I'm not deaf but I think that there is enough a community for deaf people that they have a cultural identity of being deaf. By implanting children with the device, they are no longer in that culture, but neither are they a "normal" fully hearing person, even when they have the device plugged in. This may actually lead to a lower self-esteem for the child than if they were surrounded by people like them (i.e. deaf).
I have a fairly significant hearing loss which caused me a great deal of difficulty when I was at school. My hearing was good enough for me to definitely not be considered deaf, but it often wasn't good enough for me to be able to reliably have conversations with my peers (how well I can hear people varies hugely from very well to not at all).
At the time, I was seriously considering whether I would have preferred to be profoundly deaf for precisely the reasons you outline. Now, my hearing loss is much less of an issue for two reasons: one is that I have better hearing aids, and have had more time to adjust to them, and the other is that I have tuned my life so that I no longer feel any particular desire to socialise, avoiding the problem completely, but at the cost of living a rather more lonely life.
I may, however, just be taking my current level of hearing for granted; I don't know.
The love comes from all the cool things that Python can do, for free. Dynamic typing,
You do realize there's no dynamic typing in F#, right? It's very rigidly typed, in fact, more so than C/C#/Java - it won't let you use an int where a float is expected! (it's the price you have to pay for type inference - it doesn't play well with ambiguity)
The hate comes from the sheer lunacy that is Python syntax. Forced whitespacing doesn't suit my debugging style
F# is indentation-driven by default, much like Python (actually, more like Haskell, with more subtle rules). You can turn that off, technically, and use explicit semicolons - but that is considered legacy mode, and the community at large shuns it.
functions names like len() are just, frankly, idiotic (length() is much more readable to beginners, and takes only a few extra milliseconds to type for experienced users)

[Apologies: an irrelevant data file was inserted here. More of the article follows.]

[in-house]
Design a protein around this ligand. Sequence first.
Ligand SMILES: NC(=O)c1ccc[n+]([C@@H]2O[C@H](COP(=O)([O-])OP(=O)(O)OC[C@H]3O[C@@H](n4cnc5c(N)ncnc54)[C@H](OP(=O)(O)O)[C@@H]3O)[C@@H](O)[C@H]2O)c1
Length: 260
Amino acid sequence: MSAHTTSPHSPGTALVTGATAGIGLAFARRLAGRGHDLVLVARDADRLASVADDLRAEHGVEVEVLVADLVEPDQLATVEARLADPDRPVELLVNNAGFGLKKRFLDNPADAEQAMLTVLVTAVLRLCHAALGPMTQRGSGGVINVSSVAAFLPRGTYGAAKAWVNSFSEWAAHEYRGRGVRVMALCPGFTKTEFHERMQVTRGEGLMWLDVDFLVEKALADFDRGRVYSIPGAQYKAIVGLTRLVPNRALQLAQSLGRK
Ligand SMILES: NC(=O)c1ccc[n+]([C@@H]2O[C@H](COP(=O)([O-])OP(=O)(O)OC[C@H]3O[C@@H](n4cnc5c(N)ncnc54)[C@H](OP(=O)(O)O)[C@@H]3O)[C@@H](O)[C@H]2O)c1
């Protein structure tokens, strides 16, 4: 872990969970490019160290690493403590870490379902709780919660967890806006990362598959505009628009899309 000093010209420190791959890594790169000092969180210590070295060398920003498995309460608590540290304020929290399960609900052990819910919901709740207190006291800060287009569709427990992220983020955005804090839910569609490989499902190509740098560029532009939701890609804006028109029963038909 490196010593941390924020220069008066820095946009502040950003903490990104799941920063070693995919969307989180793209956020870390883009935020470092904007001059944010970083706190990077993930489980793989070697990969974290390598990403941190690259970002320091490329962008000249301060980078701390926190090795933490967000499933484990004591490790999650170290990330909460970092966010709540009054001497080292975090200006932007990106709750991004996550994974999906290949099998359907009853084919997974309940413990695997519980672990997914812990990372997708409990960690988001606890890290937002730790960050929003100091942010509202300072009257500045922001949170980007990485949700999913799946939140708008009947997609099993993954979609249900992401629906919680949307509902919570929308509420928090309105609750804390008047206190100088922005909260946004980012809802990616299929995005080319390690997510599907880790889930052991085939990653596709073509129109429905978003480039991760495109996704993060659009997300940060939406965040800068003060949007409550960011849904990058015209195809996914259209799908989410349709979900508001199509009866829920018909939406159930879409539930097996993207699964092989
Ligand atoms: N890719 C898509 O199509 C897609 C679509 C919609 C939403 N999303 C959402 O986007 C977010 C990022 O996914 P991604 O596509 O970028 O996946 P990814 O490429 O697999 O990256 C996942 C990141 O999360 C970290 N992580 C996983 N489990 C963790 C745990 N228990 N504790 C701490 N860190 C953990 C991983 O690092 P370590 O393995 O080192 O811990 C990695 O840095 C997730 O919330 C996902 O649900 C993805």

FP languages traditionally have terse names - how about the classic foldl and foldr ("fold left" and "fold right")? F# mostly follows suite - the most recent version is a tad more verbose, but you'll still be dealing with things such as Seq.mapi.
Although to be honest, I'd love to find a python front end that uses non-insane syntax and then simply precompiles it into python syntax at run-time.
On the whole, it looks like what you're looking for is actually called Ruby.
So why do we have so many unique languages?
It's because we don't have a clear idea on which language features are good, and which aren't. If you ask someone (say, me ~), you'll probably get a straightforward reply, but if you ask another guy, he is quite likely to strongly disagree on many major points.
There are many arguments both for and against dynamic typing, for example. There are similarly many arguments for and against OOP. There are advantages of having code pre-compiled to native, and there are also advantages of having a VM with a JIT compiler. Tracing GC vs manual memory management (+ smart pointers). The list goes on and on...
Within the static typing camp, there are still unsolved issues with the expressivity of type systems - some believe that typeclasses (Haskell-style) are the way to go, but there are still some unresolved problems there for more complex things. Some want effect typing. Some decry both as overcomplicated, and say that they're overkill, and it's easier to simplify the code.
Then there are bleeding-edge language features. Do we need STM? Do we even want it - can it be efficiently implemented at all?
Consequently, you get different languages, depending on which of the above (and many other) points are emphasized. Lately, we're starting to get more "kitchen sink" languages combining all approaches in hope that all of them are useful to one extent or another. F# is actually such a language, in a sense, being hybrid FP/OO (it also has "duck typing" member access, though no means to define true dynamic classes as in Python or Ruby). Scala is even more so.